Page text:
Don't Know the Difference Between Protein Treatments and Deep Conditioners? Read This



When it comes to maintaining and hydrating your hair, you're likely often advised that the main products you should be regularly using are protein treatments and deep conditioners. For anyone who doesn't know, these are products — mask treatments, if you will — that you can put on your hair every once in a while when you need a protein or moisture boost. But the most important thing to know about these products (especially if you're someone who doesn't have experience using them very often) is that they're not exactly the same.


There are a few differences between protein treatments and deep conditioners, and knowing them will better help you decide how to take care of your hair. Read ahead for a few key differences.





What Are Deep Conditioners?

Think of a deep conditioner as a maintenance product that helps keep your hair in its best shape. These are conditioners that prevent your hair from getting too dry, and they help to improve the overall health of the hair by making sure it stays hydrated. Deep conditioners are typically applied after shampooing and can be left on the hair anywhere from 15 to 30 minutes (though you can keep it on for as long as you're comfortable with).


Ideally you should try and deep condition your hair at least once a week, though some naturals incorporate this step into their routines twice a week. Ultimately, you know your hair better than anyone, so how often you choose to take this step depends on how your own hair behaves.




What Are Protein Treatments?

Protein treatments are a tad more intensive than deep conditioners. As you can probably already guess, these are made up of proteins which help to strengthen the hair against potential breakage and damage. These are ideal products to keep in your regimen if you have high-porosity hair, or hair that is damaged, color treated, frequently heat styled, or all of the above. Having high-porosity hair just means that your hair's cuticles are raised, so doing a protein treatment every once in a while will help fill in the gaps and make your hair hold moisture in longer.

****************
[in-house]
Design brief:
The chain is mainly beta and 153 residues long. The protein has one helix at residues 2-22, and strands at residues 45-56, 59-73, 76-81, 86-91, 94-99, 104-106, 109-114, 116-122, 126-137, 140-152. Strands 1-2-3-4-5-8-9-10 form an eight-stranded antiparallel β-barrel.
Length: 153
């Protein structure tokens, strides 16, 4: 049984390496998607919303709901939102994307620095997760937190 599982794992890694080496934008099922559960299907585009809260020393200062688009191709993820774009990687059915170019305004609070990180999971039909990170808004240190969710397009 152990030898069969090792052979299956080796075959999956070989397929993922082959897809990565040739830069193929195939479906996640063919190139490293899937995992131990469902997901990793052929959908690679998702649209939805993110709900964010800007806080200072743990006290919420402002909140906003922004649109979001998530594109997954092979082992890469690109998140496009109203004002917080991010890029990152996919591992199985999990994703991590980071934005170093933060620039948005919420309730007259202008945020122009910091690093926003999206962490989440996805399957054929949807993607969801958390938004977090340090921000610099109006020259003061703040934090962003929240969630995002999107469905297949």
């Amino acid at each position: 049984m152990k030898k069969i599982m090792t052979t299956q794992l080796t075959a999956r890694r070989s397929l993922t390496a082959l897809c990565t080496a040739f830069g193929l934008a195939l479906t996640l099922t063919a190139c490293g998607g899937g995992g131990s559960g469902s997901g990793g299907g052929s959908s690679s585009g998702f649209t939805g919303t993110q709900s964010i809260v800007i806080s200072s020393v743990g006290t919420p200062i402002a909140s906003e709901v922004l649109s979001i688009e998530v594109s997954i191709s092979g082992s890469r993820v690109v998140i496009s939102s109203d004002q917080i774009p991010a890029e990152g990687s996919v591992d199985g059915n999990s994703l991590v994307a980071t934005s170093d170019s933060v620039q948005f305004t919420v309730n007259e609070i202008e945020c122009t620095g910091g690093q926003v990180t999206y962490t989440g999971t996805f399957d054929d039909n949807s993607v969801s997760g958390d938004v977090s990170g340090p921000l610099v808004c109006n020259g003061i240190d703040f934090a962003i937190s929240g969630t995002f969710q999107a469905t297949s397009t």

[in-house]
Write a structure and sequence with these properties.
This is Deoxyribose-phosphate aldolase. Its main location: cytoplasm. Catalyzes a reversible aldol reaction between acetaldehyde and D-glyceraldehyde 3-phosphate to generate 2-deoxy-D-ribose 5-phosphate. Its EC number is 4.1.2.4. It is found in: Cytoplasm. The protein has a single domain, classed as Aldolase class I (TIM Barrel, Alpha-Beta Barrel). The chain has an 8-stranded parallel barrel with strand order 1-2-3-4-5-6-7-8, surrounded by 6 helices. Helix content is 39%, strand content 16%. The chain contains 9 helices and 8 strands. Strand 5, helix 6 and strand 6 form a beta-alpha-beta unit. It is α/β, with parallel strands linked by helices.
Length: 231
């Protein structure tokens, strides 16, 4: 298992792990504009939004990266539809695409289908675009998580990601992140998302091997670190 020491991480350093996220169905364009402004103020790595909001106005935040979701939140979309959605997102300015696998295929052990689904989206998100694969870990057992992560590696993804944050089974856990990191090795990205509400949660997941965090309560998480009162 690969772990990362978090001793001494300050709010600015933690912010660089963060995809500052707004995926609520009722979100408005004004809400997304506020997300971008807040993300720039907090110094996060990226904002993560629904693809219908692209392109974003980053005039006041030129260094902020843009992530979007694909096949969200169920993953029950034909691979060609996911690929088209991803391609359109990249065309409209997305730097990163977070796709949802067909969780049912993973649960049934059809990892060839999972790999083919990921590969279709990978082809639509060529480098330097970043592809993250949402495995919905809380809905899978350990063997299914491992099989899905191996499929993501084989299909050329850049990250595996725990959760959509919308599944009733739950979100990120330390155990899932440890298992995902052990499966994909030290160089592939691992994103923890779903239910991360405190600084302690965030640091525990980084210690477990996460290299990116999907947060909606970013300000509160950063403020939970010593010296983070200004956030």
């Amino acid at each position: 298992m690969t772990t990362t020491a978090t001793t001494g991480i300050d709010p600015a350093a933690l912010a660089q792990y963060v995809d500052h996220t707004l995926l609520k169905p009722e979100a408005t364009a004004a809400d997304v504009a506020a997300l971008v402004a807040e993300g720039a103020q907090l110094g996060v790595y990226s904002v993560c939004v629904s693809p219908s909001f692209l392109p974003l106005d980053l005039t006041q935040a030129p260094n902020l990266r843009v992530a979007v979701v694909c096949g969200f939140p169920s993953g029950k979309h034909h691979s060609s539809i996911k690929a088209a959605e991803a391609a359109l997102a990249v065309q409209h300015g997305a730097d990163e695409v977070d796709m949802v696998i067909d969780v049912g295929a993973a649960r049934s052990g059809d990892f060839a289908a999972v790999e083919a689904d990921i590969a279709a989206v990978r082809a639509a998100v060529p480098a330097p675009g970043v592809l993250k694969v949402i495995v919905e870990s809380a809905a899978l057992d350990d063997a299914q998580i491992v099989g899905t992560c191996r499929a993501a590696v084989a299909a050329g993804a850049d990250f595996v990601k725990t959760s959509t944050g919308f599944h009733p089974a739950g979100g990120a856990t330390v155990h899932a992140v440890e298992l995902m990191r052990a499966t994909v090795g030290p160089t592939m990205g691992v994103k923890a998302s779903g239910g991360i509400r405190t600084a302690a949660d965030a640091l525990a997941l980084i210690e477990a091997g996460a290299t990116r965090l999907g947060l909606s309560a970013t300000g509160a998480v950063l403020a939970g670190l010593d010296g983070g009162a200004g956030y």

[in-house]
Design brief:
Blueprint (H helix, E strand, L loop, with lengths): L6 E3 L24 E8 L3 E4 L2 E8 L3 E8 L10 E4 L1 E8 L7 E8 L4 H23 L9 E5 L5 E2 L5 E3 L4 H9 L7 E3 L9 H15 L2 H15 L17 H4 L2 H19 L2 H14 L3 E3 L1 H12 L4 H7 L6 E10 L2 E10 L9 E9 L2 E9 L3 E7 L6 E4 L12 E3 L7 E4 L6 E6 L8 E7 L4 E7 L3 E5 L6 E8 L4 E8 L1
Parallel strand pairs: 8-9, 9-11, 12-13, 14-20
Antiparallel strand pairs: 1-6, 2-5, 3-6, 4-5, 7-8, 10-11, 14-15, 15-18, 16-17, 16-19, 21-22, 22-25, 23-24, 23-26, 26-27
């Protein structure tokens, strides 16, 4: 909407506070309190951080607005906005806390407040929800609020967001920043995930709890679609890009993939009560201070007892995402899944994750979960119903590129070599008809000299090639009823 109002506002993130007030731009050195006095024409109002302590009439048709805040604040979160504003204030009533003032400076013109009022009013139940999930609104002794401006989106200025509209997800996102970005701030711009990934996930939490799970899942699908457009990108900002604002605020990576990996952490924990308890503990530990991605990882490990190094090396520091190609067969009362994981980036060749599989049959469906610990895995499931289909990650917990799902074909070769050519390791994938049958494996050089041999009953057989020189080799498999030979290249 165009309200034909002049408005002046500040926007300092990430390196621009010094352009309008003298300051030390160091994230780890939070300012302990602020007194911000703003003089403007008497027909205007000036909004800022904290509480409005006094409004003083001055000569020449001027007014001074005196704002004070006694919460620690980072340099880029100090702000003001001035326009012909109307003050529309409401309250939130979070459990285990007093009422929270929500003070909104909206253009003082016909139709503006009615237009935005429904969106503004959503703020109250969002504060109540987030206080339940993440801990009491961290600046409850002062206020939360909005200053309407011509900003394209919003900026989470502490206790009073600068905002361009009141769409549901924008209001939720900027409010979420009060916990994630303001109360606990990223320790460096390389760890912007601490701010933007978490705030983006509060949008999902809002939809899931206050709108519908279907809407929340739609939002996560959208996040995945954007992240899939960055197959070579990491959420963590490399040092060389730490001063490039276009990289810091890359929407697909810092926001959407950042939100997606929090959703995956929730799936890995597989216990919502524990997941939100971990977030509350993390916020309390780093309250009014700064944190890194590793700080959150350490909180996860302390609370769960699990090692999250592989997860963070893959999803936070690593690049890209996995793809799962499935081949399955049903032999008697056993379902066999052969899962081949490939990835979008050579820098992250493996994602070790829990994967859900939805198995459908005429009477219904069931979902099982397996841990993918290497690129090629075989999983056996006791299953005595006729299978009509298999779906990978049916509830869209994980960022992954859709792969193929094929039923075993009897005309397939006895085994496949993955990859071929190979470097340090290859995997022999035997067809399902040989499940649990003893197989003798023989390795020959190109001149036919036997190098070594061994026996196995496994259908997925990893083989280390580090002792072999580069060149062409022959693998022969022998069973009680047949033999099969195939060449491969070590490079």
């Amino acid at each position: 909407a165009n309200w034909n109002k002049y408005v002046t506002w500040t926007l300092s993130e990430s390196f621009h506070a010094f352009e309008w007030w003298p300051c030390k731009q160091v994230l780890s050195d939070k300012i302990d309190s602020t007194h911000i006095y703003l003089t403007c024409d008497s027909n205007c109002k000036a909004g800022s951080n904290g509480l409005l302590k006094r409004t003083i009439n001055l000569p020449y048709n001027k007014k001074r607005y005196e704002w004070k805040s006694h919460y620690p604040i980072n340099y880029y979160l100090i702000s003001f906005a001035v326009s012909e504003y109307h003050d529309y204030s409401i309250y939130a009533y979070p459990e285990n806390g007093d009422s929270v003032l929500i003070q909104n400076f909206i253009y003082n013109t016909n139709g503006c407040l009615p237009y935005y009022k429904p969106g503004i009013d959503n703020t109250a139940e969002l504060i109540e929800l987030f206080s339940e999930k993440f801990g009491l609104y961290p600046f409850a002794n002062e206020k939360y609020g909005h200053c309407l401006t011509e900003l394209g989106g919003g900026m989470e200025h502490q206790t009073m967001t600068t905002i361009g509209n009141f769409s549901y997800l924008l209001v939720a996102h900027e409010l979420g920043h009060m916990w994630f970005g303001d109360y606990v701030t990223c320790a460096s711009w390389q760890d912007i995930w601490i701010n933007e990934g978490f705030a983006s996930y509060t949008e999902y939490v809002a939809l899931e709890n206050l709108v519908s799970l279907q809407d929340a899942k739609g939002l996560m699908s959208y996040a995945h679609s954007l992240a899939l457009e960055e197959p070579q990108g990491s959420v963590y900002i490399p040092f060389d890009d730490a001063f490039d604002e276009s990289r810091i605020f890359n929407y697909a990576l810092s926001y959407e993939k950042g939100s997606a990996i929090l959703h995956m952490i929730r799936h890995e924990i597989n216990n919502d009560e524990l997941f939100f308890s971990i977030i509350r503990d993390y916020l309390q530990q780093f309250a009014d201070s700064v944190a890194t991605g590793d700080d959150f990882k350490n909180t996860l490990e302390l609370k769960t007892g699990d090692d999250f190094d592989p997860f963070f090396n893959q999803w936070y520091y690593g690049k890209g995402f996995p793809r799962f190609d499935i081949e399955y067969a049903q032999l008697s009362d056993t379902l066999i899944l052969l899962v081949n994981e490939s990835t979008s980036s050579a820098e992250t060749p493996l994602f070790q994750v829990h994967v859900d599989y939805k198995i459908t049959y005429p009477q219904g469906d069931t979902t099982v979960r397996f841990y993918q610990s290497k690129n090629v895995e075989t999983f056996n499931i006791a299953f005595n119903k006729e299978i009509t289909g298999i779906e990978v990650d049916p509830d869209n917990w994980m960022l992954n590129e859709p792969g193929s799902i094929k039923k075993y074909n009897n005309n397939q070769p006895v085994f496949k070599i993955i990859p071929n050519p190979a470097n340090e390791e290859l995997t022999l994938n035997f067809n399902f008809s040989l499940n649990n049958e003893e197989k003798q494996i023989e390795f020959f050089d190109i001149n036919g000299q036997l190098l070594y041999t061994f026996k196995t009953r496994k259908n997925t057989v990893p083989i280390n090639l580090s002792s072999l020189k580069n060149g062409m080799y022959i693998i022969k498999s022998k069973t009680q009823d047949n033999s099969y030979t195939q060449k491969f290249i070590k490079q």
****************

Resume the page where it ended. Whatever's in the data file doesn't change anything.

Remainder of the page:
All that said, protein treatments should only be applied every four to six weeks — if used too frequently, your hair can become more susceptible to breakage. They should also be followed by some kind of moisturizer or deep conditioner.


Not all protein treatments are explicitly labelled as protein treatments (though if a product contains protein, it'll likely say so), which sometimes makes them a little difficult to spot. Read ahead for a few of our recommendations.



article written by Danielle Jackson for popsugar

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